A Vietnam veteran and ex-con is persuaded by a shady woman to rob a $50,000 payroll account on a California produce farm. But who is playing who?A Vietnam veteran and ex-con is persuaded by a shady woman to rob a $50,000 payroll account on a California produce farm. But who is playing who?A Vietnam veteran and ex-con is persuaded by a shady woman to rob a $50,000 payroll account on a California produce farm. But who is playing who?
Depending who's around, and where he's at, and, while still in the film's rushed rudimentary stages, he seeks work for a dishonest rancher who exploits cucumber farm workers...
But with the help of a particular friend, he lands a soft job as a maintenance man at a beach side motel, where so much potential, pitting Ryan O'Neal against one of the sexiest sirens of Neo Noir... played by his then-wife and former PEYTON PLACE co-star Leigh Taylor-Young, who's the buried lead here: A seemingly sophisticated femme-fatale, she's bad news and big trouble.
Author Elmore Leonard said all adaptations before GET SHORTY and JACKIE BROWN never got it... But maybe, in critiquing BIG BOUNCE piecemeal, he saw a dark ray of hope in Taylor-Young's Nancy Barker, both effectively sinister and sexy...
The aforementioned crappy music, arranged by the usually capable Tony Curb, sounds like The Beach Boys possessed by folk singers drowning-out an otherwise groovy Jack Nitzsche-like surf music score -- one particularly godawful track repeats Nancy's name over and over... killing whatever edge her character's supposed to have.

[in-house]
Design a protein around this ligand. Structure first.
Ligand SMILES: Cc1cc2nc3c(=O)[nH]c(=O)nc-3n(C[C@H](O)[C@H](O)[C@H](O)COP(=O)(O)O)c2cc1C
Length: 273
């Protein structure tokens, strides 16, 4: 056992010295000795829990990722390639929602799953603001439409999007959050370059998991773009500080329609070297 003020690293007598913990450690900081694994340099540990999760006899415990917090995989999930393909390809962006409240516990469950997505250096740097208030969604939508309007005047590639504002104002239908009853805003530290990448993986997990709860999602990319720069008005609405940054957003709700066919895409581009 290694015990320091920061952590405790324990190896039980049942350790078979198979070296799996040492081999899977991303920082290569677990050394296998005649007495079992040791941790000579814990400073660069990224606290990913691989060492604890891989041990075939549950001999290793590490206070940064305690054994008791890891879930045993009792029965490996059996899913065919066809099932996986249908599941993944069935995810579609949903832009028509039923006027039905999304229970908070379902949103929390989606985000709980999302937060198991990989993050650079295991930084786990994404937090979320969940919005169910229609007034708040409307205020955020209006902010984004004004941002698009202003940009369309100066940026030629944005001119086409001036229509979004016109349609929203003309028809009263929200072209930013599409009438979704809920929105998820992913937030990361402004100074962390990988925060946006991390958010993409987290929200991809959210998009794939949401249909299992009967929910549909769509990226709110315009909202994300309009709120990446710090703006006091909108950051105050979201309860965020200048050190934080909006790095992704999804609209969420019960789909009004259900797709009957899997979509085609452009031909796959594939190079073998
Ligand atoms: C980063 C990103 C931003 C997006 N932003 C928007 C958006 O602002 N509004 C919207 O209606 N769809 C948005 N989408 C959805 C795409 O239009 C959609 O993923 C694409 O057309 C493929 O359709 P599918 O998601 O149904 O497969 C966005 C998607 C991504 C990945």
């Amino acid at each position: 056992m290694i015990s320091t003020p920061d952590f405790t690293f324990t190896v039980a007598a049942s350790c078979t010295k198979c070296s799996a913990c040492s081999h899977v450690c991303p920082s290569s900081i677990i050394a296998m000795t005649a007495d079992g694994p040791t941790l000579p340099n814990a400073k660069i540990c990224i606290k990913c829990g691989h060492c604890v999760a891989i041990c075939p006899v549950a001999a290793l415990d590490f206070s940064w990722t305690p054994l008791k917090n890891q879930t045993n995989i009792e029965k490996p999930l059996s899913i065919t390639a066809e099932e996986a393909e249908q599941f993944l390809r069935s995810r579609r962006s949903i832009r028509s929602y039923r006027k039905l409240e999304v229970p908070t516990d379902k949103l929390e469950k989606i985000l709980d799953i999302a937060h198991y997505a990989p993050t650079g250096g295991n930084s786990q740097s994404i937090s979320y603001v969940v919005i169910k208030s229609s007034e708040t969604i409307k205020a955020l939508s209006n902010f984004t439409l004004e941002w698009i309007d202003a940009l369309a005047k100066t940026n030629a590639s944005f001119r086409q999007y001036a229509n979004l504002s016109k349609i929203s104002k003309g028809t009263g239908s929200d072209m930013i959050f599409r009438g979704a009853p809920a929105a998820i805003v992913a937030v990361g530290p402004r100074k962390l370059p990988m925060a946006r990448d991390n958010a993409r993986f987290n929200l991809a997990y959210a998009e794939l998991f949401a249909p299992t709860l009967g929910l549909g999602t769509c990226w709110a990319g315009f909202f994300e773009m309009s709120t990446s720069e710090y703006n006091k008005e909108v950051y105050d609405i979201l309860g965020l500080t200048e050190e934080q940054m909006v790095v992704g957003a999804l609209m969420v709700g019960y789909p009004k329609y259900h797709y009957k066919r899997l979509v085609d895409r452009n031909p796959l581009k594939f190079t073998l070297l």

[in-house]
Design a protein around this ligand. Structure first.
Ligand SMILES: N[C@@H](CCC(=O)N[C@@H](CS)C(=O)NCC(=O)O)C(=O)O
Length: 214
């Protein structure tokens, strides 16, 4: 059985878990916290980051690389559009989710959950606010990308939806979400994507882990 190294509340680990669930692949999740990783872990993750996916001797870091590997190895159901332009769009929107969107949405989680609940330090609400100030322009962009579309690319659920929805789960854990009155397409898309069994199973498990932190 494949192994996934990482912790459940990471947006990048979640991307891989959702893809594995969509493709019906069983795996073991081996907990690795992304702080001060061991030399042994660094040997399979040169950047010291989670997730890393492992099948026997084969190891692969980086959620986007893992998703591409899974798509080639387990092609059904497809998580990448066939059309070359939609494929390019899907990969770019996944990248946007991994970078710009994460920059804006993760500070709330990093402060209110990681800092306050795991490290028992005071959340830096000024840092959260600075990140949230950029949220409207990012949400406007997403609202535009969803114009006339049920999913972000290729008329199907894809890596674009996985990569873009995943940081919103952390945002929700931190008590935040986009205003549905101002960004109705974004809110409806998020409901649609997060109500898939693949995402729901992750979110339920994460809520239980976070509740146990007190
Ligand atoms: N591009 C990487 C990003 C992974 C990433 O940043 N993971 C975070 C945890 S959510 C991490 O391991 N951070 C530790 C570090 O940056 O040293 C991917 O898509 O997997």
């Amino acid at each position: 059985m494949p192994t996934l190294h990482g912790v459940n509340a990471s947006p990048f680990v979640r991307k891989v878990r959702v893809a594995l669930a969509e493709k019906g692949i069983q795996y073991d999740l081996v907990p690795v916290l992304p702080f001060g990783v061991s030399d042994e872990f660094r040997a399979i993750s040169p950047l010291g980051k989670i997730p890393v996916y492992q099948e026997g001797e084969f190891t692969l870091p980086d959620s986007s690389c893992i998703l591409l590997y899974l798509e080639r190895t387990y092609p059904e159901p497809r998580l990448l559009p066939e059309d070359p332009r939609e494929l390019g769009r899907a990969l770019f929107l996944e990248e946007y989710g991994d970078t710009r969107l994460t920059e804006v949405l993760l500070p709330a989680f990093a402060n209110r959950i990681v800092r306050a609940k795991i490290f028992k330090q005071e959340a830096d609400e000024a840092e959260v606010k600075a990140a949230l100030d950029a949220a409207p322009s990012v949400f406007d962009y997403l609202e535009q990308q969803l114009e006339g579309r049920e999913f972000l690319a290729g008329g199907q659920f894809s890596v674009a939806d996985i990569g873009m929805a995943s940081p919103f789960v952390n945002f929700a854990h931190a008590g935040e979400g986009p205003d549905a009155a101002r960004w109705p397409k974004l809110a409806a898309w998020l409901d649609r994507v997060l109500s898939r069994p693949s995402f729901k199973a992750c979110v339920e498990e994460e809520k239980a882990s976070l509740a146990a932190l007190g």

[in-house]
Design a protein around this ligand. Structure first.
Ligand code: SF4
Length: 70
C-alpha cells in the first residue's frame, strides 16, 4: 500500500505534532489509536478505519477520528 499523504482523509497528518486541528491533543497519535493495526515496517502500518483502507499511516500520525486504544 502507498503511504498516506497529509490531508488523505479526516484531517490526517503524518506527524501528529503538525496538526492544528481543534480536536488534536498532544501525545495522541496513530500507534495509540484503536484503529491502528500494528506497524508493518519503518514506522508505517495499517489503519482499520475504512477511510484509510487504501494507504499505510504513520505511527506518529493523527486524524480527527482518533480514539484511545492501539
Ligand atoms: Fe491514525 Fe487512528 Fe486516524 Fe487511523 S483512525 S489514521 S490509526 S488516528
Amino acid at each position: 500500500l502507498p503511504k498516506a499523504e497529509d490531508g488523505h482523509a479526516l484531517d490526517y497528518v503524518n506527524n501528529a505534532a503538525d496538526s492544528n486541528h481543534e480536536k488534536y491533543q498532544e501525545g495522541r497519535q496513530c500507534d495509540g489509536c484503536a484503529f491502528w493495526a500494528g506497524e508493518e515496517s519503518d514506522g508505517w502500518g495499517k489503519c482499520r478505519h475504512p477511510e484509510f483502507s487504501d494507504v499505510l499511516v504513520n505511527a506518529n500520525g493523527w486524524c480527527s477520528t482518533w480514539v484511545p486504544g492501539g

But it's not all that bad: the overall vibe is lean and edgy, and there are terrific moments when Jack and Nancy hang out, night and day, discussing an upcoming heist, and possible murder. But Jack spends too much time with his old-timer friend played by veteran actor Van Heflin... so overly (and quickly) helpful to Jack's plight... he hardly has any obstacles in his way, or rungs to climb, or corners to paint himself out of.
It's really all about our femme fatale Taylor-Young being really bad and getting progressively worse (as in, badder and badder): and then, possibly becoming lethal while keeping her ridiculously beautiful poker face intact...
But really, TV director Alex March needed the intentionally flawed heart-of-gold convict ani-hero to take more risky chances, early on, to live up to any manipulative competition. And it wouldn't be the first time Ryan O'Neal would get what was supposedly his first-billed vehicle stolen by a close relative. He probably never got over PAPER MOON belonging solely to daughter and Oscar winner Tatum O'Neal.
- Jan 25, 2021